Monday, May 8th, 2017 Posted by Jim Thacker

Allegorithmic stops ‘major numbered versions’ of its tools

Allegorithmic is to stop releasing “major numbered versions” of its Substance products, material authoring software Substance Designer and texture painting software Substance Painter, from June 2017.

The firm’s current schedule of major annual or 18-monthly paid releases of the software, interspersed with smaller free updates, will be replaced with a continuous, more even, update cycle.

In order to keep getting new versions of the software, users will need to buy updates in 12-month blocks, or switch to Allegorithmic’s ‘rent to own’ program.

However, the firm has been at pains to stress that it is not switching to a mandatory Autodesk or Adobe-style subscription model, and that users will still own the software.

Free updates continue until the next major releases would have shipped
Owners of Indie licences of the software – that is, anyone earning under $100,000/year – will continue to receive free updates for a limited time after the new schedule comes into force in June.

Substance Painter users get them until 30 September 2017; Substance Designer users until 30 June 2018.

Under the present schedule, that’s when the next major releases – which would have been Substance Painter 3 and Substance Designer 7 – would have been expected to ship; or, in Designer’s case, a bit later.

After that, to receive further updates, users will need to buy them at a cost of $75 for 12 months’ updates – effectively, in traditional terms, to buy a maintenance plan – or switch to rent-to-own.

Users will still own the software outright, and – unlike The Foundry’s new licensing scheme for Modo – there is no financial penalty for not maintaining a maintenance plan continuously: even if a user decides to sit out certain updates, they can resume receiving them again at the same price.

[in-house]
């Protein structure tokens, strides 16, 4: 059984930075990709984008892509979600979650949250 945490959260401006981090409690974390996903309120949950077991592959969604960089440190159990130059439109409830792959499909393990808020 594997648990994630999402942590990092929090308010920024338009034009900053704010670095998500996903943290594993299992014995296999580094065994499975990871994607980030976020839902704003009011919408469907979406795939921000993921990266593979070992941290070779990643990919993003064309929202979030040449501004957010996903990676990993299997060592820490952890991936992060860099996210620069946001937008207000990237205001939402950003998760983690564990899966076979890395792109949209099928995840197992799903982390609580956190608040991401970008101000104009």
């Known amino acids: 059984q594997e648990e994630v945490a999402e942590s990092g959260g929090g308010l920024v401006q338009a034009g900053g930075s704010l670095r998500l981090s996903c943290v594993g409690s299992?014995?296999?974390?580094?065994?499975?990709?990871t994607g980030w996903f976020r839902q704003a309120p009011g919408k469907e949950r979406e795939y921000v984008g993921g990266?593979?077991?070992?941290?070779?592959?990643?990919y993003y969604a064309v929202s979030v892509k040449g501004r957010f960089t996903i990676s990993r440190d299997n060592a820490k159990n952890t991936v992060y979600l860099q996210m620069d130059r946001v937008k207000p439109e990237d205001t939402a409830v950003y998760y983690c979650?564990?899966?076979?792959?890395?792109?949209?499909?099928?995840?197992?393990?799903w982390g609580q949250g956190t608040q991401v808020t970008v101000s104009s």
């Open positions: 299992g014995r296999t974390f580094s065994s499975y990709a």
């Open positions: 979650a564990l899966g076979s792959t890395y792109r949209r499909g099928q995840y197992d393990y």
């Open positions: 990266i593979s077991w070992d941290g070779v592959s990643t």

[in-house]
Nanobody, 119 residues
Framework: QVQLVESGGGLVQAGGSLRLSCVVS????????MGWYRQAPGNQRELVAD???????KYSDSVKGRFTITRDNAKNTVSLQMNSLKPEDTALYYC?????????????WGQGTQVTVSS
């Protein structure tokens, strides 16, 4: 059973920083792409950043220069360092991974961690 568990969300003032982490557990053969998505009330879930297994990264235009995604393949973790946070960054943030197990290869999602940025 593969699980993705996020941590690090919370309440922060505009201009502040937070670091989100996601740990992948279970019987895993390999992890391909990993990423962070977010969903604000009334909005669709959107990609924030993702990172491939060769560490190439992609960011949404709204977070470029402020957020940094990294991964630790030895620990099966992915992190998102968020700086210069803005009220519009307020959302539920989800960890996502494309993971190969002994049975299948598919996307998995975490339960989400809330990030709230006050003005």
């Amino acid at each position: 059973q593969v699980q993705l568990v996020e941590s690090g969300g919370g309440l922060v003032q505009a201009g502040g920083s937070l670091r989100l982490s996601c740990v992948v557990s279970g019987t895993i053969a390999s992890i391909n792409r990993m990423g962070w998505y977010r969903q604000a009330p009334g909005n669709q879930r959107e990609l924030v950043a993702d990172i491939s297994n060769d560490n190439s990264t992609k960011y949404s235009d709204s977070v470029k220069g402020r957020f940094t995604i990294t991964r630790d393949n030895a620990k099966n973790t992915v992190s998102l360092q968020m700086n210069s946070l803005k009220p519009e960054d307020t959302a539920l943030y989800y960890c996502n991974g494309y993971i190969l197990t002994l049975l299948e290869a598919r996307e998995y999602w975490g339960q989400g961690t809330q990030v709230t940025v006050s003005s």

Substance Live becomes plain ‘Substance’
Rent-to-own scheme Substance Live – which enables users to pay monthly for Substance Designer, Painter and sister tool B2M and own the software outright at the end – has also been renamed ‘Substance’.

Indie pricing remains unchanged at $19.90/month, but instead of owning the software after 16 months of payments, users will be able to buy it for an additional fee of $49 after 12 months of consecutive payments.

That works out cheaper than the old system – a total cost of $289 rather than $320 – providing you make payments monthly.

Previously, users could pause and resume payments at any point and still pay the same total price to own the software outright; now, if you do that, it resets the clock on the 12-month period, pushing up the total cost.

However, the version of the software you get to own is now the current release at the end of the instalment period: not the one that was current when you first signed up.

It will also still be possible to buy new perpetual licences with a single down payment, rather than through the rent-to-own program, with buyers automatically receiving 12 months’ updates.

A halfway house between traditional upgrades and subscriptions?
The new policy is an interesting alternative to either a conventional upgrade policy or an Autodesk-style rental-only model and one that seems – as far as we can see – to have few downsides for the user.

While the announcement caused some initial controversy on Allegorithmic’s forum, that seems to have been as much misunderstanding of what the new policy entailed as much as anything else.

From Allegorithmic’s point of view, the benefit is that it can expect payments all year round, rather than getting most of the money in a burst when a major release comes out.

Whether 12 months of steady updates adds up to the same number of new features as a single big release is debatable, but the firm comments that it expects its development schedule to accelerate, not decelerate.

“We expect the renewal dates to spread out evenly over the year, forcing us to release interesting stuff all the time to keep people on maintenance,” commented Allegorithmic Substance specialist Jeremie Noguer.

No news on Pro or Enterprise licences yet
Allegorithmic’s website doesn’t say what will happen to users with Pro or Enterprise licences – studios with revenues of over $100,000/year – when the new policy comes into force. We’ll update if we hear more.

Updated: Allegorithmic tells us that the changes will also affect Pro and Enterprise users, and that it has contacted them directly.

Read the FAQs on Allegorithmic’s new Substance update policy on the firm’s website